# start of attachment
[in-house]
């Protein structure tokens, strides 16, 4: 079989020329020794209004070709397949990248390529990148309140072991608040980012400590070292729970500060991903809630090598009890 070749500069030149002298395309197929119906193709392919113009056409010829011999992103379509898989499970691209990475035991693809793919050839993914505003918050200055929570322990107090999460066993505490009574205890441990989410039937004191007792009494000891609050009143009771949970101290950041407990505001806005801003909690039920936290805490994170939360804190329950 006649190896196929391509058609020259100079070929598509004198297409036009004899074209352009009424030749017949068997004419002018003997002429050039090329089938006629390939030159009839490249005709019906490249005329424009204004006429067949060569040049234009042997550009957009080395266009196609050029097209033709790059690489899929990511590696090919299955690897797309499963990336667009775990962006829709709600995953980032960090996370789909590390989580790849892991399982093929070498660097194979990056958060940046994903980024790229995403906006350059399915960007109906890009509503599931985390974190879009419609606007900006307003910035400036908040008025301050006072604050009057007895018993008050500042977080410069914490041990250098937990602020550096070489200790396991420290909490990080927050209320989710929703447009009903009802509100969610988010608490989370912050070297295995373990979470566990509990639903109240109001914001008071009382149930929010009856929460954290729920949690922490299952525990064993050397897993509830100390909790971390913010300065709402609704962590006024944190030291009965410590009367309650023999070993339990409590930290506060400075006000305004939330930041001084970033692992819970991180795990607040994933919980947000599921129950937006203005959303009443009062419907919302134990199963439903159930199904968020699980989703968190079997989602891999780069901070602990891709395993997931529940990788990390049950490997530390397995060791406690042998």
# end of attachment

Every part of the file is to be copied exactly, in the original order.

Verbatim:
[in-house]
């Protein structure tokens, strides 16, 4: 079989020329020794209004070709397949990248390529990148309140072991608040980012400590070292729970500060991903809630090598009890 070749500069030149002298395309197929119906193709392919113009056409010829011999992103379509898989499970691209990475035991693809793919050839993914505003918050200055929570322990107090999460066993505490009574205890441990989410039937004191007792009494000891609050009143009771949970101290950041407990505001806005801003909690039920936290805490994170939360804190329950 006649190896196929391509058609020259100079070929598509004198297409036009004899074209352009009424030749017949068997004419002018003997002429050039090329089938006629390939030159009839490249005709019906490249005329424009204004006429067949060569040049234009042997550009957009080395266009196609050029097209033709790059690489899929990511590696090919299955690897797309499963990336667009775990962006829709709600995953980032960090996370789909590390989580790849892991399982093929070498660097194979990056958060940046994903980024790229995403906006350059399915960007109906890009509503599931985390974190879009419609606007900006307003910035400036908040008025301050006072604050009057007895018993008050500042977080410069914490041990250098937990602020550096070489200790396991420290909490990080927050209320989710929703447009009903009802509100969610988010608490989370912050070297295995373990979470566990509990639903109240109001914001008071009382149930929010009856929460954290729920949690922490299952525990064993050397897993509830100390909790971390913010300065709402609704962590006024944190030291009965410590009367309650023999070993339990409590930290506060400075006000305004939330930041001084970033692992819970991180795990607040994933919980947000599921129950937006203005959303009443009062419907919302134990199963439903159930199904968020699980989703968190079997989602891999780069901070602990891709395993997931529940990788990390049950490997530390397995060791406690042998």